Wednesday, April 11, 2012

Don't Get Sick

According to the KPMG May edition of their publication "Issues Monitor - Healthcare" (thanks, TK of Apr 10, 2012 12:12 AM), there is a booming medical tourism trade ripe for the picking. Besides geographical proximity and cultural similarity considerations, they highlight cost savings as a major pull factor.

This is what they write about the government initiatives in action:
- Over 2006-08, the annual number of medical tourists to Singapore jumped more than 16 percent, from 555,000 to 646,000 visitors. By 2012, the country aims to attract 1 million medical tourists.

- The government is promoting medical tourism with a network of high quality clinics and hospitals than can cater to foreign patients.. This is in addition to various drug manufacturers and biomedical research laboratories owned by large foreign pharmaceutical manufacturers that have established themselves here in recent years. Apart from the 15 hospitals that are equipped to treat foreign patients, the government has aggressively worked to attract top doctors and scientists from around the world and pushed for major foreign pharmaceuticals to establish operations.

Using sample data from the Ministry of Health website, one can see that the hospital bill for heart surgery can vary quite a bit depending on how deep your pocket is, or how the Means Test determines your fate.

We all know what happened to housing prices when that minister-from-hell decided to use market valuation for land allocated for HDB flats. His sickening opportunity cost argument was that the same designated plots would have generated more revenue for the government if used for private development. Now, imagine what would happen if the supply of hospital rooms in the country is tilted towards the deep pocketed medical tourists instead of the "subsidised" lesser mortals. For all we know, it has already happened. Please don't get sick, you may not be able to afford it.


  1. That is why I've said, if you have to fall seriously sick, you may as well die. One cannot foot the medical bills even with subsidies in Singapore. It is a playground for the super rich and top civil servants. The rest, please do not clog the hospital beds!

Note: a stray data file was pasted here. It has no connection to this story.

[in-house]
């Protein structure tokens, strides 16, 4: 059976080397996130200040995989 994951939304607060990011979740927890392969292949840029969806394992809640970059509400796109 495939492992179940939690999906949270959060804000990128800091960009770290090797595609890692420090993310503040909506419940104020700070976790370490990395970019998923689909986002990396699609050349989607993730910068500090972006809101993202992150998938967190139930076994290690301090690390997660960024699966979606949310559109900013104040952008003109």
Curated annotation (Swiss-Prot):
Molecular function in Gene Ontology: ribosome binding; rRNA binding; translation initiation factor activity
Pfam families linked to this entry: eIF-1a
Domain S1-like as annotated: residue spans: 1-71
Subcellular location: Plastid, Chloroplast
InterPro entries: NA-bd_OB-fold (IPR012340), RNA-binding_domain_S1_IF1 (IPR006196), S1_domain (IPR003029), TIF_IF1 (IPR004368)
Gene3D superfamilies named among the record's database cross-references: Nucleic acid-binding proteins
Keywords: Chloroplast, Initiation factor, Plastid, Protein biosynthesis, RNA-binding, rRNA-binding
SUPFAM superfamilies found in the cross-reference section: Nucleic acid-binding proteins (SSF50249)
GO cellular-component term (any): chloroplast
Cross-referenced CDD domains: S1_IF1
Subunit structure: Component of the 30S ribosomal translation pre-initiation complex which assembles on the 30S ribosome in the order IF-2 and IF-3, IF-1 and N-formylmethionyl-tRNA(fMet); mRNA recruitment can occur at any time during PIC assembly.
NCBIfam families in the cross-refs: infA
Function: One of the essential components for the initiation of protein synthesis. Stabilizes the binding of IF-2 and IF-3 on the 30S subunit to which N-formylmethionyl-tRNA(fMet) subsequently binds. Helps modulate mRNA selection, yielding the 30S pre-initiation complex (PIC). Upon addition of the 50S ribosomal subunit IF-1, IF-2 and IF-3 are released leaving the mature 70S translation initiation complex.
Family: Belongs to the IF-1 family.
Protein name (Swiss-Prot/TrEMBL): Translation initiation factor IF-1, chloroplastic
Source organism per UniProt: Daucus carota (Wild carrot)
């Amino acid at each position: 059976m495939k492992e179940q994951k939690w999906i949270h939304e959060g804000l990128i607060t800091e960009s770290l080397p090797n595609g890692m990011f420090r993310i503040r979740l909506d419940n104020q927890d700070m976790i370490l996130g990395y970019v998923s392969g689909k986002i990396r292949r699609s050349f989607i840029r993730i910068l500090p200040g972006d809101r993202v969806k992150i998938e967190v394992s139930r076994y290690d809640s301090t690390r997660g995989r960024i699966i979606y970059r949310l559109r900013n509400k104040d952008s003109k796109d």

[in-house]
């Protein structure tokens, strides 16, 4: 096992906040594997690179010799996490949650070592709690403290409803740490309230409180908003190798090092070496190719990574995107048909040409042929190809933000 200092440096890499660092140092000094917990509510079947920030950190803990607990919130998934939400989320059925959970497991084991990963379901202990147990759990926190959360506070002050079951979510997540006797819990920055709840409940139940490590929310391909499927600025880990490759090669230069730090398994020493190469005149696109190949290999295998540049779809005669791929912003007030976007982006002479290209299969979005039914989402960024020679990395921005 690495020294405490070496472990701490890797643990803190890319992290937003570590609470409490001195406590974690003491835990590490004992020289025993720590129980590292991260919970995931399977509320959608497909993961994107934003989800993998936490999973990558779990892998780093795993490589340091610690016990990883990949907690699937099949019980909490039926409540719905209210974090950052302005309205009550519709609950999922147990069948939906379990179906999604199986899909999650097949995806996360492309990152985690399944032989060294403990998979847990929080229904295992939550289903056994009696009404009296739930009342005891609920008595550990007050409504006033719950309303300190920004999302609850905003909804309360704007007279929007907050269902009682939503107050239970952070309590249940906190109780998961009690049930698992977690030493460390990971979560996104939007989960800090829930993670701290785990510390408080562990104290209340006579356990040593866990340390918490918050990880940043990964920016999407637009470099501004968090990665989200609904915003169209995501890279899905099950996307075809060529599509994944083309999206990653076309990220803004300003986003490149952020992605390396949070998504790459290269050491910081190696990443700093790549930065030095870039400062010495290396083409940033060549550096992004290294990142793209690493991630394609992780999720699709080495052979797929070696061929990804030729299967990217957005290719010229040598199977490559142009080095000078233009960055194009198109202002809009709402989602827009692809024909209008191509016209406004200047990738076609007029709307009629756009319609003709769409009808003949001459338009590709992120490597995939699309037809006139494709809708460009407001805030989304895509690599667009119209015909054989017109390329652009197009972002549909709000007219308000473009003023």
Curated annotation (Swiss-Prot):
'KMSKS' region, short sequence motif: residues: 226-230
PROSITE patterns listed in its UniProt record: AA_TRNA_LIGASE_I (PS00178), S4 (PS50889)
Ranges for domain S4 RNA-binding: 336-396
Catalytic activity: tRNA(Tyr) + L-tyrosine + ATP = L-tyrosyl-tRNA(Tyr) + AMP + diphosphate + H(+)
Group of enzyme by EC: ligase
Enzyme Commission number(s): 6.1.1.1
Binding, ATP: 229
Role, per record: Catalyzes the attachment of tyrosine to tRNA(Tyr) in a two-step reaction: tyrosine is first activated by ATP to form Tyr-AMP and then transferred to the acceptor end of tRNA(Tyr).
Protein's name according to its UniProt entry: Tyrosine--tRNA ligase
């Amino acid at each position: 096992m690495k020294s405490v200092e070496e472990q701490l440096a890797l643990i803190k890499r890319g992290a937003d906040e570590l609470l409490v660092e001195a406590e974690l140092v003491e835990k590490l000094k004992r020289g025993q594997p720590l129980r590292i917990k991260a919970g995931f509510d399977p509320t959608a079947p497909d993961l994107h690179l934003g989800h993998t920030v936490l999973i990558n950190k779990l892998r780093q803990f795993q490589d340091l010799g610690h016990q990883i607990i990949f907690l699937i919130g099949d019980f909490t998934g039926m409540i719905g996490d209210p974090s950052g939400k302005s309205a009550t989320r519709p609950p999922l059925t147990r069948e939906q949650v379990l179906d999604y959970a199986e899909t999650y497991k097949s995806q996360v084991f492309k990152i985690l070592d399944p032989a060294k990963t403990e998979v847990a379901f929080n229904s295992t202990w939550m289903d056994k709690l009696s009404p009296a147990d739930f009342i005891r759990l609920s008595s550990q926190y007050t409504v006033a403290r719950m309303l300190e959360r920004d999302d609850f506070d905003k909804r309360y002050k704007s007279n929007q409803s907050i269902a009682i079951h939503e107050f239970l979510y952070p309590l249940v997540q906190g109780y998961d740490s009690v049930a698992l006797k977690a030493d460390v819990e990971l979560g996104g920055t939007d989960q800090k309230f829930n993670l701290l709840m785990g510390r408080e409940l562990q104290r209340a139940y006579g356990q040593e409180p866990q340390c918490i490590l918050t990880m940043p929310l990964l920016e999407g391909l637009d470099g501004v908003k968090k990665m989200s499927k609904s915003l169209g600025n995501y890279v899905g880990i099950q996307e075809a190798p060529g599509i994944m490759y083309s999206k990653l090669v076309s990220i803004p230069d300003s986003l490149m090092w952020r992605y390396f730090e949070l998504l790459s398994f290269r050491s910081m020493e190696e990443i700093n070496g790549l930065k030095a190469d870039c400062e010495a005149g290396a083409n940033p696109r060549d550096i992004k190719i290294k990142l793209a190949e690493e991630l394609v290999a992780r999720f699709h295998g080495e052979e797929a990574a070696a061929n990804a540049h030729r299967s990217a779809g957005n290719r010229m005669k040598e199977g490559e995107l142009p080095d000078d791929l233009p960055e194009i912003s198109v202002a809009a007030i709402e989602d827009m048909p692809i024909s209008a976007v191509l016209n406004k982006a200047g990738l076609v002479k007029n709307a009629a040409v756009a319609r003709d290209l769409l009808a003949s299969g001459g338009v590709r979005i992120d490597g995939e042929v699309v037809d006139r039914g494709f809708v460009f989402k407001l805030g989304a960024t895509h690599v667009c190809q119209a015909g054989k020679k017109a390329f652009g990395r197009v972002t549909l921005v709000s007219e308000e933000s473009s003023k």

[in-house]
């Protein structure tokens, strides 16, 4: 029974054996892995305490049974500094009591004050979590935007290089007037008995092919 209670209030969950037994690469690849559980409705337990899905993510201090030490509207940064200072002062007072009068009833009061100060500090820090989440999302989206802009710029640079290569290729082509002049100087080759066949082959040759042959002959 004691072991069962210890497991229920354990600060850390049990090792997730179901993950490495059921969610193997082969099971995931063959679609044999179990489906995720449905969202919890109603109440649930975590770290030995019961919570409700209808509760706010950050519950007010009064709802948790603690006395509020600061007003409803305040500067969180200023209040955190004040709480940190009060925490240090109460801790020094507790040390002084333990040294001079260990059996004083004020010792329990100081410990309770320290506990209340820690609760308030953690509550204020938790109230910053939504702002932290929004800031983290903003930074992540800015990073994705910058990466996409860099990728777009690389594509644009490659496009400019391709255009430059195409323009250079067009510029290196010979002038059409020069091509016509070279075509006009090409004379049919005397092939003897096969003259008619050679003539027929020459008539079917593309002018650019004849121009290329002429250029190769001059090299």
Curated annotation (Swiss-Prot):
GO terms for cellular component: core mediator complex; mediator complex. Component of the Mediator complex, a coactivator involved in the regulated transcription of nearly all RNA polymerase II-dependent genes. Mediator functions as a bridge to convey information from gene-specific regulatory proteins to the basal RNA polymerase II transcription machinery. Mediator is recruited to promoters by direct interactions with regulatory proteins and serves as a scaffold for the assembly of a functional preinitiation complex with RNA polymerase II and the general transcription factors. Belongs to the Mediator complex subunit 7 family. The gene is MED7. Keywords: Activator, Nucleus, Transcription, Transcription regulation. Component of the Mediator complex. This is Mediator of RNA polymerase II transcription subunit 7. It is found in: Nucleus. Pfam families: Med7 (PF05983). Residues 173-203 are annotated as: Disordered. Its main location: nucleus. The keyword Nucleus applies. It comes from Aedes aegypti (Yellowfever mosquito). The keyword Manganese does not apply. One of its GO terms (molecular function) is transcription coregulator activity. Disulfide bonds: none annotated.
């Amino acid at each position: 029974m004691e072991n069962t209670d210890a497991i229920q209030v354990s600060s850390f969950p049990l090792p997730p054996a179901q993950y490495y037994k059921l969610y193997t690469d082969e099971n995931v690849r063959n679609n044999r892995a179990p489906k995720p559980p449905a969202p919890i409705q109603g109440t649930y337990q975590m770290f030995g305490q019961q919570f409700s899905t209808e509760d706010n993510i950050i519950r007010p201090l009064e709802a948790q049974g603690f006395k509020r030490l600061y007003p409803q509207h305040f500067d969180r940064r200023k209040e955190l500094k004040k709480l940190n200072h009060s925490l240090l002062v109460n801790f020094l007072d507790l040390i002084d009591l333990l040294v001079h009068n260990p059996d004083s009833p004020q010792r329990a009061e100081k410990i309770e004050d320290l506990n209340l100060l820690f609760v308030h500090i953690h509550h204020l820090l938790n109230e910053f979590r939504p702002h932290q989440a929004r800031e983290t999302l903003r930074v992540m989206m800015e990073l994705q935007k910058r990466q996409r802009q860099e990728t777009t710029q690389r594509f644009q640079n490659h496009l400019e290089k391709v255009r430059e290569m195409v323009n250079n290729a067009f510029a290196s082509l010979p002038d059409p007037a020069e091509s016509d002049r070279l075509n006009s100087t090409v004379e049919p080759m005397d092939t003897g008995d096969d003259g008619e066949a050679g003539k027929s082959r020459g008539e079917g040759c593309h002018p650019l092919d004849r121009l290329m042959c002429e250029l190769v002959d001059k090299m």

2. didn't you know that nobody lives forever ?

    1. No, we didn't, thanks for your wise & profound question/comment! We are not called daft for nothing!

  3. As long as they are happily making money off the medical-tourism and privatising the whole hog of healthcare, they wouldn't need to care about how healthcare bills are escalating now are they? Just earn enough to pay for your insurance, people!

    And no, you can just take your common, everyday health problems like cancer, diabetes and shove off. The rich are talkin' here. They probably need three doctors to assist them on their gout, from eating too much foie gras.

  4. It's no use giving "constructive feedback" to the deaf frogs.

    We are stupid.
    We are not elite.
    So just vote Opposition.

    And wait until the Proud Arrogant People give us "constructive proposals" as to why we should vote for them.

    Stay out of their elite uncaring face.
    And just vote Opposition.

  5. All these restructured medical centers are out to make money from us.

    SNEC charging $6 for a simple visual test which most optical shops do it for free. This test known as pre-consultation evaluation involves reading of alphabets/numbers from a chart. Those evaluation test done by optical shops are even more detail than the one in SNEC. Taking a conservative figure of 1000 patients per day, SNEC revenue from this simple eye test alone will be $120,000 per month! ($6 x 1000 x 20days). This means SNEC is making $1.44 million a year for a simple eye reading test lasting less than 2mins !

  6. Yes, this PAP regime is an evil one. My child has regular appointments at the child guidance clinic. In 2008, we paid about $10 for each session. Now, we pay $18, a hefty 80% increase. I am sure our household income did not even go up by 5% during the same period.

    This is a child who needs some support from the community. If this child is not receiving proper, timely intervention when young, the society might incur more costs when he is older. If MOH is adopting "market rate subsidy", while the rest of the government is throwing free money to foreign "scholars", then you know PAP does not care about developing the true potential of Singaporeans.

    Wake up, Singaporeans! PAP is going to squeeze us one by one, all for the benefit of the elites in this country. Who knows, one day ordinary Singaporeans may have to play "Hunger Games" for the amusement of the elites.

  7. 6 mths ago Alex Au has written extensively on the bed crunch situations in hospitals. Not sure if it has improved but given the immediate full occupation of KTP wing, it gives some indications. More people need to come out and share their experiences.

    SGreans refuse to get medical help when sick (or keep delaying or denying it) due to fear of medic cost, but PRs/foreigners are all taking advantage of our subsidized healthcare here.

  8. Great post Tattler.

    Those who are more inclined, below are few papers/reports argued on the effects of medical tourism have on social equity (there's convincing evidence from Thailand and around SEA) largely because it

    1) diminish physician's time spent on local patients vs foreign
    2) extra demand pushed the cost of health care services
    3) puts strain on local citizens/patients when there IS/ISN'T universal coverage.


    Just saw the response from MOH for the revised rates for subsidies!! Few thoughts : -